Senior project officer

A project is a temporary process or endeavour which has a clearly defined start and end, a set of activities and tasks, a budget and a specified business case. It is undertaken to deliver a unique and well-defined product, service, goal or objective or to deliver well defined benefits.  ICT projects undertaken within the Queensland Government are managed in accordance with the endorsed project management methodology (access to Queensland Government employees only).

A senior project officer assists the project manager in the management, coordination and contribution to a range of small projects. This role assists with the development and implementation of project plans, policies and solutions. A project support officer also contributes to issue resolution and escalation, research and analysis activities and planning and monitoring activities.

A senior project officer assists the project manager in monitoring and tracking the project deliverables and outcomes including preparation of preliminary reports in relation to budget, schedule and resources. This role would ensure compliance to the Queensland Government Project Management Methodology, ITIL change management process, security policies, and quality assurance policies and procedures.

A senior project officer exhibits capabilities in line with the Queensland Government ICT Skills Framework[1], which consists of the Skills Framework for the Information Age[2] (SFIA) and the Queensland Public Service Capability and Leadership Framework[3] (CLF).

Within the SFIA profile, the senior project officer has level 4 and 5 capabilities, i.e. enables, ensures and advises on the skills outlined below.





Business changeProject management: Takes full responsibility for the definition, documentation and satisfactory completion of medium-scale projects (typically lasting 6-12 months, with direct business impact, teams of 3-5 and firm deadlines). Identifies, assesses and manages risks to the success of the project. Ensures that realistic project and quality plans are prepared and maintained and provides regular and accurate reports to stakeholders as appropriate. Ensures Quality reviews occur on schedule and according to procedure. Manages the change control procedure, and ensures that project deliverables are completed within planned cost, timescale and resource budgets, and are signed off. Provides effective leadership to the project team, and takes appropriate action where team performance deviates from agreed tolerances.5 - ensure, advise PRMG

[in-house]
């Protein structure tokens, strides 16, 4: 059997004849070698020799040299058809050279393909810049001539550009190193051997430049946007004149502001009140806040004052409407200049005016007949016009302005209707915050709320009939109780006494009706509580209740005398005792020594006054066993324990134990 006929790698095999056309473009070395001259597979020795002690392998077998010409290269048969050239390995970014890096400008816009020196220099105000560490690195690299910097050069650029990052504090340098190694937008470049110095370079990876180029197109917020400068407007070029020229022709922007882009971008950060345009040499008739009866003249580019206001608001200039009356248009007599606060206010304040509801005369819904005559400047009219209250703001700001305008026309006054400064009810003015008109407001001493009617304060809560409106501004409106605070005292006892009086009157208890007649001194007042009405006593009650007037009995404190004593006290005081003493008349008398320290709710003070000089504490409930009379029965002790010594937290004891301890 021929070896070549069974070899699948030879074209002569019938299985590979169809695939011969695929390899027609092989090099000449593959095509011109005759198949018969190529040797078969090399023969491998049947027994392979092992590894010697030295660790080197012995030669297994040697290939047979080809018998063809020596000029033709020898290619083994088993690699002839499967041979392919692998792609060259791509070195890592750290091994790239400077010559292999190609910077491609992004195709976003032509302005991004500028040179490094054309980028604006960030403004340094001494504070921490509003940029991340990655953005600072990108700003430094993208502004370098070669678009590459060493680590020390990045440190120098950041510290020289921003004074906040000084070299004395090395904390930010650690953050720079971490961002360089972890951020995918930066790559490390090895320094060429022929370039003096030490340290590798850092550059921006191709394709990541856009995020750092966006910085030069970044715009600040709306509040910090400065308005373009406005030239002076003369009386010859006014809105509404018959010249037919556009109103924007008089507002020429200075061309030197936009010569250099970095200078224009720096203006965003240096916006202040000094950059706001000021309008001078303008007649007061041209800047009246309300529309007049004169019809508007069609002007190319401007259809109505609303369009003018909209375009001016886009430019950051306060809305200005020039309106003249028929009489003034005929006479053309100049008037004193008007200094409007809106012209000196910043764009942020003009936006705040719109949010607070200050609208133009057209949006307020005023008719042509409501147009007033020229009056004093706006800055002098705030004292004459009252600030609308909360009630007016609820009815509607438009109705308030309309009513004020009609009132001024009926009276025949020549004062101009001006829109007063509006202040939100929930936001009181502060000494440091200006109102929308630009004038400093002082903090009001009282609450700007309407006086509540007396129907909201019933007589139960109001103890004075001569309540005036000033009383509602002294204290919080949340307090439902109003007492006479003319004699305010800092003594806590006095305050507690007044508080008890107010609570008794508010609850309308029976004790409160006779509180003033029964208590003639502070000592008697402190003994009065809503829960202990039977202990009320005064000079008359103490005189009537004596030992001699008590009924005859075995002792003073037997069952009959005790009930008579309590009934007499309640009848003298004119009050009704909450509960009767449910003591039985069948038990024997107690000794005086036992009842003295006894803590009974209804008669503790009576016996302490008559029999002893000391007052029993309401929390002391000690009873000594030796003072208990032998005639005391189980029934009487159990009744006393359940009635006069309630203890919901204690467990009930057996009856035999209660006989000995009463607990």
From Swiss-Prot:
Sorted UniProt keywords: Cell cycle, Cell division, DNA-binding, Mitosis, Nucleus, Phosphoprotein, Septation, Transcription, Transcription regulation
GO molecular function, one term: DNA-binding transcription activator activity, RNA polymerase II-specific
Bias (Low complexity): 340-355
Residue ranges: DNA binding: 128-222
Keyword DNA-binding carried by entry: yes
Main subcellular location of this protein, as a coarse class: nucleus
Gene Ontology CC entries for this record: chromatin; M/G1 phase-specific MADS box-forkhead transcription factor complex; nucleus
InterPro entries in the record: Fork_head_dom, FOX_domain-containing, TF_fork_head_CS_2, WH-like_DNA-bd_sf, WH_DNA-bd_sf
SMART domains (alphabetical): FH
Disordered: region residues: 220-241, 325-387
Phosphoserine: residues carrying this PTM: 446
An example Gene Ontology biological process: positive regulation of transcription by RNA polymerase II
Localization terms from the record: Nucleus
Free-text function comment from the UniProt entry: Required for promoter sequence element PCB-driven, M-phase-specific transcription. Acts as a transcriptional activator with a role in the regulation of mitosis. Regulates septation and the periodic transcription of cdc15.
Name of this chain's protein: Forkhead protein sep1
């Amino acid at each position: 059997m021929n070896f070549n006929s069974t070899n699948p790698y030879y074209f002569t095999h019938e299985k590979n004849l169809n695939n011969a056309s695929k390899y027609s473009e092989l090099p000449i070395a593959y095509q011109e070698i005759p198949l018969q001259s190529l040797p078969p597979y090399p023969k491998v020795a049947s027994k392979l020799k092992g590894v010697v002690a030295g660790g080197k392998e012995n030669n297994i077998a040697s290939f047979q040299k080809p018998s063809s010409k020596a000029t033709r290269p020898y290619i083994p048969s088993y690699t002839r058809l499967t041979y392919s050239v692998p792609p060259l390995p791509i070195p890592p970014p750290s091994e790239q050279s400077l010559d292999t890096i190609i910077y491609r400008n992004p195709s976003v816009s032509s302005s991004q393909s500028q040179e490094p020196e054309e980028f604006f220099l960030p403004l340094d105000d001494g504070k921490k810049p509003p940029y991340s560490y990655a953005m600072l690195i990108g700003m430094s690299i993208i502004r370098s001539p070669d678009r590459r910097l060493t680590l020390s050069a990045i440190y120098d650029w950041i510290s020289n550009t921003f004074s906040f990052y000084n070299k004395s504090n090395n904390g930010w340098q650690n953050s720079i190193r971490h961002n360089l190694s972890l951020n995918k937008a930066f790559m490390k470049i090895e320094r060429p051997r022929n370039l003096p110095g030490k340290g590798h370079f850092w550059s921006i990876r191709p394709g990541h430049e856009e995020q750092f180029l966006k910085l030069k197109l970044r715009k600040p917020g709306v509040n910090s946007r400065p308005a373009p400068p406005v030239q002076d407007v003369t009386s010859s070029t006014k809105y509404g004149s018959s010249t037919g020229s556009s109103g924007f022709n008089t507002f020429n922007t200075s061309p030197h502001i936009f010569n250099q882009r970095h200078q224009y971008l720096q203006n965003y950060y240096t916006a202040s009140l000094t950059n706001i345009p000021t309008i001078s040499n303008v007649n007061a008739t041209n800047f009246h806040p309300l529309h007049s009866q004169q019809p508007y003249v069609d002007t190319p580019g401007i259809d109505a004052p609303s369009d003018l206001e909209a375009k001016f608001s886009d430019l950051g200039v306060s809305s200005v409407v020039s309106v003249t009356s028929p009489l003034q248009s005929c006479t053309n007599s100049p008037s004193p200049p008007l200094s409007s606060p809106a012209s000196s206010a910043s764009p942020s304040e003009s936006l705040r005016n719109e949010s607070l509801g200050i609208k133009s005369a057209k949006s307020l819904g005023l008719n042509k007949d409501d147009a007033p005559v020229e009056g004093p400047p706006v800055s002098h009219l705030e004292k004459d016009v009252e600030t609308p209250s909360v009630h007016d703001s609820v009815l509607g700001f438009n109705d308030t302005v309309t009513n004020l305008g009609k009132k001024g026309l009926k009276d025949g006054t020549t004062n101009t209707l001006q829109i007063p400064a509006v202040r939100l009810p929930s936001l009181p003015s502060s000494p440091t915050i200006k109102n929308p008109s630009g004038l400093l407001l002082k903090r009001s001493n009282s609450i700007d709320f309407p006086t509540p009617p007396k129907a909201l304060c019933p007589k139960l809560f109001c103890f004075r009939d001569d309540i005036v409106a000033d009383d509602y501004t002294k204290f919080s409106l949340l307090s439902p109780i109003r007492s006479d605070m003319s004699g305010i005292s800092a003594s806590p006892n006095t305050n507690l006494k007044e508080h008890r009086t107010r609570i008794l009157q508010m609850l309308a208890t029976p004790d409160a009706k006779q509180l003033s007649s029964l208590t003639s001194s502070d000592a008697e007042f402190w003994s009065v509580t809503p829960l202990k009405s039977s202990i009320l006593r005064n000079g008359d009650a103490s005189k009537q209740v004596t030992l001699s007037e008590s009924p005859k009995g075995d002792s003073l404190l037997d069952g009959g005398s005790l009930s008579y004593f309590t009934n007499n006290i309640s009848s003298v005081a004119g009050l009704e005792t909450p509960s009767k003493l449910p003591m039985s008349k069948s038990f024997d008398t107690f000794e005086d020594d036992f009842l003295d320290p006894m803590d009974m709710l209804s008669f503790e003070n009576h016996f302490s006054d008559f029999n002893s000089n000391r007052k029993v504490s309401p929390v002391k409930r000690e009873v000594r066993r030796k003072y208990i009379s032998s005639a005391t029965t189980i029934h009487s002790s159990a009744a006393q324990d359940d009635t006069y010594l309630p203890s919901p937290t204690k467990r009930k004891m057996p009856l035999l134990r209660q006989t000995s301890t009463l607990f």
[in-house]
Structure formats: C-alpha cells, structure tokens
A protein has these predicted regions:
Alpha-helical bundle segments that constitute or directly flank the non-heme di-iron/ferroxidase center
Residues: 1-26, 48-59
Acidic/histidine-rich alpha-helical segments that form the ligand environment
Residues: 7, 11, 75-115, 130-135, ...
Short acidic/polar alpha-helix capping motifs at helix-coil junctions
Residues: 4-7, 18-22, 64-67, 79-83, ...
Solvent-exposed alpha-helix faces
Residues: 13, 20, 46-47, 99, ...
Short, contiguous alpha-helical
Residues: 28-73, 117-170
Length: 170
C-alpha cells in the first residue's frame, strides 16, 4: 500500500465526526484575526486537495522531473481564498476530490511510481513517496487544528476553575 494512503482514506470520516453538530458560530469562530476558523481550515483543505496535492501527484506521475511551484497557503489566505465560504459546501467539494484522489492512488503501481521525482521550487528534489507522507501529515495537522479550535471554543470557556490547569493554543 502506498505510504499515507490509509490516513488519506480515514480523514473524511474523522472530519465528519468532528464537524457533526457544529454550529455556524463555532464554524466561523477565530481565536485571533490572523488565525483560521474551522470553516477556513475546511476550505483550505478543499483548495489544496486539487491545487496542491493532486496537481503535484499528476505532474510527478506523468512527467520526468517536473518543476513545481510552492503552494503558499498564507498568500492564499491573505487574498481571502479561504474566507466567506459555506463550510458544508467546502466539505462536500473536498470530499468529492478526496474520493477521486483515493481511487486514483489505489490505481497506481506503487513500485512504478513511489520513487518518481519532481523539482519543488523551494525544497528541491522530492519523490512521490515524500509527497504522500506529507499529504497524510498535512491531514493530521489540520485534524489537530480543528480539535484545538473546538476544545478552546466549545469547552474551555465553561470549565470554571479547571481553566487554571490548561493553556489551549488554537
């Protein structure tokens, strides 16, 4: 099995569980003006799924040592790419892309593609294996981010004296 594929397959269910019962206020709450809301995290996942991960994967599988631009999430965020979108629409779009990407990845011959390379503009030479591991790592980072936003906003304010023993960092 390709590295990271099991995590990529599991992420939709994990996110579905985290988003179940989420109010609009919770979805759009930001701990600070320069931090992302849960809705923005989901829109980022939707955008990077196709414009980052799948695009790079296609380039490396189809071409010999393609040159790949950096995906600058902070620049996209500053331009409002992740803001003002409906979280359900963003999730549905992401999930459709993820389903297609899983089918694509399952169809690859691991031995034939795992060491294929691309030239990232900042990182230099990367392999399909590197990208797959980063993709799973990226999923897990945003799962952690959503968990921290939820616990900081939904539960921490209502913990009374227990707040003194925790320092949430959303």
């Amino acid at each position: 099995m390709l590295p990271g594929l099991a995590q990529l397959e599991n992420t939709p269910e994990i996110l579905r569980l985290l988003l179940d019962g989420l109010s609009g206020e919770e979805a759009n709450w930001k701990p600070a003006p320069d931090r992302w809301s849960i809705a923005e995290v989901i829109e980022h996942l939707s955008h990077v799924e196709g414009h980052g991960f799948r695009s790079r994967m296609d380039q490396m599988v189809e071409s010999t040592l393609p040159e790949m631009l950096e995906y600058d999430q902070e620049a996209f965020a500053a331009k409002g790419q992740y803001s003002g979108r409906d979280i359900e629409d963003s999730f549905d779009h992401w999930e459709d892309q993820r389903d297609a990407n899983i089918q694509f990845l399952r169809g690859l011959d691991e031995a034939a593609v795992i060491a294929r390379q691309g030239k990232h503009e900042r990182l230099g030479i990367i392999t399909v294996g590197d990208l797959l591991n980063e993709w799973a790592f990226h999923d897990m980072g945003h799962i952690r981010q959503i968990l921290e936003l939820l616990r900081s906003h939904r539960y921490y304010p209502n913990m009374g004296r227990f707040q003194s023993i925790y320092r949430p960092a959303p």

Business changeStakeholder relationship management: Develops and maintains one or more defined communication channels and/or stakeholder groups, acting as a single point of contact. Gathers information from the customer to understand their needs (demand management) and detailed requirements. Facilitates open communication and discussion between stakeholders, using feedback to assess and promote understanding of need for future changes in services, products and systems. Agrees changes to be made and the planning and implementation of change. Maintains contact with the customer and stakeholders throughout to ensure satisfaction. Captures and disseminates technical and business information.5 - ensure, advise RLMT

Business change

Portfolio, program and project support: Takes responsibility for the provision of Project support services to small/medium scale projects. Uses and recommends project control solutions for planning, scheduling and tracking projects. Sets up and provides detailed guidance on project management software, procedures, processes, tools and techniques. Supports program or project control boards, project assurance teams and quality review meetings. Provides basic guidance on individual project proposals. May be involved in aspects of supporting a program by providing a cross program view on risk, change, quality, finance or configuration management.

4 - enablePROF

Strategy and architecture

Methods and tools: Provides expertise and support on use of methods and tools.

4 - enableMETL

The senior project officer is aligned to Queensland Public Service Capability and Leadership Framework[4] level 6.




Supports strategic direction

Supports shared purpose and direction